Howden highlighted the industry's role in measuring and safeguarding against risks, supporting investment in the future. Referring to discussions at COP26 and COP27, including the landmark agreement on loss and damage, Howden emphasised the need to leverage private sector capabilities to protect and invest in vulnerable countries.
“For some reason, there seems to be a belief that the climate risks for vulnerable countries in the Global South are uninsurable. The problem isn’t that they’re uninsurable, it’s that there has been nobody to pay the premium at the scale required,” he said.
The Loss and Damage fund, according to Howden, has the potential to change this dynamic. Reflecting on COP27, Howden mentioned his initiative to model the risks faced by these countries and calculate the protection needed. This led to collaboration with Cambridge University to conduct research, focusing on losses as a percentage of GDP. This approach shifts the focus from protecting physical assets to safeguarding entire economies.
“These are two sides of a very powerful coin: guaranteed, pre-agreed finance to respond when a disaster hits – or indeed even before – and the certainty needed to make vulnerable countries more investable,” Howden said.
“What do I mean by that – if you know as a country, business person or a smaller farmer, you have the finance to protect what is lost or damaged you can more easily attract investment,” he said.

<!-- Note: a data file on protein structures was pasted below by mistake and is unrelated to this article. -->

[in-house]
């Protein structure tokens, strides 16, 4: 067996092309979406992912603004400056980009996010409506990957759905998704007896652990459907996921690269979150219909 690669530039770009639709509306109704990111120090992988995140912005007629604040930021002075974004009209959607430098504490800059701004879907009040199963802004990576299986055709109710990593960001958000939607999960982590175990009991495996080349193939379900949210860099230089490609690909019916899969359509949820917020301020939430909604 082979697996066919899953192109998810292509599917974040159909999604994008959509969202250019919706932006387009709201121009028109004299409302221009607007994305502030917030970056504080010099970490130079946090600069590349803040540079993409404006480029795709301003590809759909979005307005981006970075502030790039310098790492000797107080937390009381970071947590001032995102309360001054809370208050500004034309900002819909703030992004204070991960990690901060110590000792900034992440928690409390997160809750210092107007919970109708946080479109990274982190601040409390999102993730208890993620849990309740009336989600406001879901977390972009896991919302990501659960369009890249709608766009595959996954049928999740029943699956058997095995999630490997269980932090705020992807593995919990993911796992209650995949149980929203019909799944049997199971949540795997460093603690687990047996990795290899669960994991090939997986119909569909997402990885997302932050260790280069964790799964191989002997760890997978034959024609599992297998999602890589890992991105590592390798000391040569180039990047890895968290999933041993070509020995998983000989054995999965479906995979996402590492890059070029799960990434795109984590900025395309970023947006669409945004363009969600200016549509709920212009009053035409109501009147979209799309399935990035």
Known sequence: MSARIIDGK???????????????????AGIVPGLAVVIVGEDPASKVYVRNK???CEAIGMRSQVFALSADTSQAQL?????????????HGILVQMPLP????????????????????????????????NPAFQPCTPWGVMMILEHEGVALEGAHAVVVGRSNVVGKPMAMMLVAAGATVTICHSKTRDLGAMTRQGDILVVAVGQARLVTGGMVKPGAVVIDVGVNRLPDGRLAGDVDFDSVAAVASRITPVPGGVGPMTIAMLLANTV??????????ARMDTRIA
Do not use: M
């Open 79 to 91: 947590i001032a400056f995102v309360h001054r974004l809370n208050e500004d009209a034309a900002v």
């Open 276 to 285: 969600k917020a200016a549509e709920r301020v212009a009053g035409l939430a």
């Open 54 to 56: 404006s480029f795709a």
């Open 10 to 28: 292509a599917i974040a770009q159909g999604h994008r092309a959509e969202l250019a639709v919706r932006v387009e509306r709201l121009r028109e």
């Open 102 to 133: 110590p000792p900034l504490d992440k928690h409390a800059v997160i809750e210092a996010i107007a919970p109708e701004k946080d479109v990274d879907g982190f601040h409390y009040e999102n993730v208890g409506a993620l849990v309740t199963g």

The research indicated that the smallest, most vulnerable countries face the risk of losing over 100% of their GDP due to extreme climate shocks. Howden proposed a solution to cap this loss at 10% of GDP, costing significantly less than anticipated. He explained that US$1 billion, less than 1% of the targeted US$100 billion Loss and Damage fund, could secure around US$75 billion of protection and could be scaled to protect all 100 L&D recipient countries.
Howden also emphasised the efficiency and non-political nature of this approach, highlighting its potential to provide guaranteed funds irrespective of media attention. He cited the example of Pakistan's floods, where pledged international donor funds have been delayed, suggesting that pre-agreed finance would have been more efficient.
“In a world that is more volatile than ever, you can’t put a price on certainty. The poorest and most vulnerable have no safety net. For billions of people, if their home or land is wiped out that means nowhere to live and no income. Pre-arranged finance not only provides the opportunity to rebuild after a disaster has happened. By reducing vulnerability, it also provides families, communities, governments, and investors with the confidence to invest in the future,” he said.
Concluding his address, Howden presented three calls to action: collaboration with climate-vulnerable countries to turn this concept into reality, private sector support to make these countries more investable, and donor country backing to initiate the process. He expressed hope that this initiative could transform resilience building against climate change impacts, setting a significant precedent for COP28.
As part of its programs to address climate risks, the insurance group also recently introduced Howden Climate Parametrics, a global initiative that melds (re)insurance, climate, and data expertise.
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